There has been considerable discussion about the corporate tax system in the U.S. and the IRS’s global reach in the media over the past year. The rash of corporate inversions was the catalyst for the public discussion of...
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CTJ and U.S. PIRG Mislead with New Report on Corporate Taxes
The U.S. Public Interest Research Group (USPIRG) and the Citizens for Tax Justice (CTJ), have released a report called “Offshore Shell Games 2014,” which claims that Fortune 500 companies use more than one thousand subsidiaries in foreign countries in order to avoid U.S. corporate taxes. It also claims that the average effective tax rate of 55 corporations was under 10 percent on their foreign earned income. It then advocates to end deferral and proposes remaining one of the only countries in the world to tax corporations on their worldwide profits.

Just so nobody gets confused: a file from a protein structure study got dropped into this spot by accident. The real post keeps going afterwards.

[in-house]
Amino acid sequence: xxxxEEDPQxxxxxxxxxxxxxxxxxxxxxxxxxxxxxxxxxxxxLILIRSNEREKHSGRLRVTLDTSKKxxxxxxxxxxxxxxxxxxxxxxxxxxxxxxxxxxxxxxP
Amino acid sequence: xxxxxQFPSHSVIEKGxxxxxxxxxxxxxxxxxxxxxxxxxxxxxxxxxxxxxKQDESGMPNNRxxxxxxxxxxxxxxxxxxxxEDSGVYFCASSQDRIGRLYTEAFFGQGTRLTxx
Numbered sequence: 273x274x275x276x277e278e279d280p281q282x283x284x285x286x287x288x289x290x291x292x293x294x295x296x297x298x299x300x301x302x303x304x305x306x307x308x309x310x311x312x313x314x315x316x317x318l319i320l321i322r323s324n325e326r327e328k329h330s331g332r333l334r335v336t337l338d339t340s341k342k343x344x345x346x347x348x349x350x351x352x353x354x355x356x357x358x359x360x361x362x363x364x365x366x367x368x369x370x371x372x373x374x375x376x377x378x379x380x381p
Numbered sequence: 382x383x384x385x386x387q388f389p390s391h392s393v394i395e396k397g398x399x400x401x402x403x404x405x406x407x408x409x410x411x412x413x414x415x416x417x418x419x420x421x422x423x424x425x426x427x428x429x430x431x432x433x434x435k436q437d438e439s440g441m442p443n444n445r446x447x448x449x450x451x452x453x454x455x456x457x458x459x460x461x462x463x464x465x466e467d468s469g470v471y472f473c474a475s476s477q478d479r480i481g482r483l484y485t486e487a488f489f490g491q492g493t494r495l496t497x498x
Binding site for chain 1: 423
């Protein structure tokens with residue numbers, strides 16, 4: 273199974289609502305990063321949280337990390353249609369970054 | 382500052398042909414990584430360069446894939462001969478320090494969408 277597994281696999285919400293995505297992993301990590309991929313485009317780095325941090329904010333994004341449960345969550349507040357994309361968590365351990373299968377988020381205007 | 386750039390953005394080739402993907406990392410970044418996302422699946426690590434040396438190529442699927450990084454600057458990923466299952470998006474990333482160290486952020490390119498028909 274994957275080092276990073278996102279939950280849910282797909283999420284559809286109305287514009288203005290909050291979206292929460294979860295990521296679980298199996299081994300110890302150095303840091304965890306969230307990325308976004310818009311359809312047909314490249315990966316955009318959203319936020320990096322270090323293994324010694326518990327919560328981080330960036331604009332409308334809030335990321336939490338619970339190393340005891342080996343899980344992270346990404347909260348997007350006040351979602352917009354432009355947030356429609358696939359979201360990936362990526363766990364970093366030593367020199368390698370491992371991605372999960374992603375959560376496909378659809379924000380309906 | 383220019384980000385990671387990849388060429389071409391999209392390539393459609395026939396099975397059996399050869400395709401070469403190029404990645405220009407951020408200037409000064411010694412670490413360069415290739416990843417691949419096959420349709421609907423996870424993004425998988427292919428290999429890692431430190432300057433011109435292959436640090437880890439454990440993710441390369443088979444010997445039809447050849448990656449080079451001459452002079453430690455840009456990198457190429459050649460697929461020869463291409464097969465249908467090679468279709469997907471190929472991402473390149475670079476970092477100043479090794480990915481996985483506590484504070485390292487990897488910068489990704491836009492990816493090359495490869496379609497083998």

Unfortunately, with such a small sample of corporations, this study paints a misleading picture of the tax burden corporations pay overseas. Its findings contradict other studies and more importantly IRS data, which reports corporations actually paid a tax rate of about 27 percent on their reported foreign income. It also doesn’t mention the fact that its proposed changes to tax law would move the United States further from international norms and would harm the economy.
They try to Paint a Complete Picture with Incomplete Data